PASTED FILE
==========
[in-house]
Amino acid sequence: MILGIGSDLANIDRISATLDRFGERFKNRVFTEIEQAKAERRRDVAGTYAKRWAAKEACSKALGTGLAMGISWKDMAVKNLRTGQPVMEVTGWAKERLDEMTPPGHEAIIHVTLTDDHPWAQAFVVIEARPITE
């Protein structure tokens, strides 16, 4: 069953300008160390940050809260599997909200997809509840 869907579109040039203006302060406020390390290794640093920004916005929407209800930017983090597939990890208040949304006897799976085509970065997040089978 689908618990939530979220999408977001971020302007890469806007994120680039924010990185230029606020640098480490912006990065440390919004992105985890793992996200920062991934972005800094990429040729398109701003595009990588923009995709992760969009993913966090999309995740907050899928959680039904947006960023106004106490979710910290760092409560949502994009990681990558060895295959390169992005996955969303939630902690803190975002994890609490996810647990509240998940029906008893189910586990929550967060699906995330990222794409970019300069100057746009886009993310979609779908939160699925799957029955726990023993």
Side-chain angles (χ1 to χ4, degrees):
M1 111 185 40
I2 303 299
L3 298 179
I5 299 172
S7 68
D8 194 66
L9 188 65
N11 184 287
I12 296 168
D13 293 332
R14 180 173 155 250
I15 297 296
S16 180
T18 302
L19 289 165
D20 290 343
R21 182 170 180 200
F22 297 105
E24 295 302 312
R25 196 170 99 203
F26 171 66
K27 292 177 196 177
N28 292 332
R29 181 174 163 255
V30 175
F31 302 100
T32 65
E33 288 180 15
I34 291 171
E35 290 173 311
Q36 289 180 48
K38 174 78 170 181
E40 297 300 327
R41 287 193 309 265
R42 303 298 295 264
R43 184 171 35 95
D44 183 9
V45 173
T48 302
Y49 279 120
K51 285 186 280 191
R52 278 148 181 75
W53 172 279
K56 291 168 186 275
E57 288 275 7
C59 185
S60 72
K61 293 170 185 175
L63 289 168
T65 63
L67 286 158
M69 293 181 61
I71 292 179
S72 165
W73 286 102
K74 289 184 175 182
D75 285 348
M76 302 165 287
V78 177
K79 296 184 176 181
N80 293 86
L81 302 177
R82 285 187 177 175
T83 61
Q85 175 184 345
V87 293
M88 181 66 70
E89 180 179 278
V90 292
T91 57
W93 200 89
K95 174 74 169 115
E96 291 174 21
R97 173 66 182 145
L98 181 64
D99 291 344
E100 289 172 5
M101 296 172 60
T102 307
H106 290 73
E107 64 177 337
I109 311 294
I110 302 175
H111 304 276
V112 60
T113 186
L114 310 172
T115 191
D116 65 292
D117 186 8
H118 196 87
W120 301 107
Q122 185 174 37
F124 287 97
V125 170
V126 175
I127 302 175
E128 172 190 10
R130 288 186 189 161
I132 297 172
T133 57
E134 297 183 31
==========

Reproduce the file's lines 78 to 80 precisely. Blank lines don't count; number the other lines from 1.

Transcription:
R97 173 66 182 145
L98 181 64
D99 291 344